The Changing Shape of Art Therapy: New Developments in Theory and Practice
Including contributions from some of the leading art therapists in Britain, this important book addresses the key issues in the theory and practice of art therapy. The fundamental significance of the art in art therapy practice permeates the book, close attention being paid by several writers to the art-making process and the aesthetic responses of therapist and client. Other authors explore the tensions between art and therapy, images and speech, subjectivity and objectivity, arguing that the dynamic interplay between these elements is inherent to the practice of art therapy. The role of containment is another theme that is explored by contributors in a variety of ways to highlight the importance not only of the therapeutic containment of the client by the therapist, but also the containment of the therapist. The physical contexts of the session, within an art room and within the larger working environment, are identified as important arenas where conflict and tension is experienced and must be explored if art therapy is to continue to develop.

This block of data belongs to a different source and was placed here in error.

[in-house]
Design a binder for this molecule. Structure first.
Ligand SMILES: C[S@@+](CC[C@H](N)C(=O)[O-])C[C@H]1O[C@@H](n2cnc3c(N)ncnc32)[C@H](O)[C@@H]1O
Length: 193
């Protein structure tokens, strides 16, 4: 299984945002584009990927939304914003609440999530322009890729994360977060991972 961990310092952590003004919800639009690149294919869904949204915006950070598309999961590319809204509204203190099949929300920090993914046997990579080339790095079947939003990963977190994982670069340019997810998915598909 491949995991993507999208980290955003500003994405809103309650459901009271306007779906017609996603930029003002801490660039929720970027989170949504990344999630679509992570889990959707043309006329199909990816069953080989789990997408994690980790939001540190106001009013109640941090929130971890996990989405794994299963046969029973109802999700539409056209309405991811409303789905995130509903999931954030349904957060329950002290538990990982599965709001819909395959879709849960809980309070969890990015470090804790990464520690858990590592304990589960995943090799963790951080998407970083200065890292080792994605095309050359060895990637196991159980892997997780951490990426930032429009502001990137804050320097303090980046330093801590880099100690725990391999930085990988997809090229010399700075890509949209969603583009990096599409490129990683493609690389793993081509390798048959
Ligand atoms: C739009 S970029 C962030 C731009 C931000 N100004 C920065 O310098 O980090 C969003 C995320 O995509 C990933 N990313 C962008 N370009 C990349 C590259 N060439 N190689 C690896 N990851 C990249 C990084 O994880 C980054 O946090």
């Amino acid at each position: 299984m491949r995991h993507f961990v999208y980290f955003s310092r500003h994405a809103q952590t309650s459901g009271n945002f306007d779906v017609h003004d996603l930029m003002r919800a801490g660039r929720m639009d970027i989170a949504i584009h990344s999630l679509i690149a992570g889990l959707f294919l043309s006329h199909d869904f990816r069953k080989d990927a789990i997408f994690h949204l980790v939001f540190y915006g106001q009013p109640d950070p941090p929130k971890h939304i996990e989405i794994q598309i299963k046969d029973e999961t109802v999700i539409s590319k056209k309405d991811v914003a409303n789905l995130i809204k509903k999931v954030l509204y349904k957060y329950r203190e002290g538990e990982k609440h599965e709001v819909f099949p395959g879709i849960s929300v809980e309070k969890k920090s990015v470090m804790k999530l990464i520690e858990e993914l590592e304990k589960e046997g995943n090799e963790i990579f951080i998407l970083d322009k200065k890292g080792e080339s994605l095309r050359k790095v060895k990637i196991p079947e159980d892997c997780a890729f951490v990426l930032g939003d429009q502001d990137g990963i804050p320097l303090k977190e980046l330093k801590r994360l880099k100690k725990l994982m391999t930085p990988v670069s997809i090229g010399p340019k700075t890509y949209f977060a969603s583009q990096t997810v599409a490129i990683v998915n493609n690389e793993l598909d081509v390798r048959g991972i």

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The Triangular Relationship and the Aesthetic
Back to the Future Thinking about Theoretical
The Art Room as Container in Analytical
Keeping the Balance Further Thoughts
Failure in Group Analytic Art Therapy
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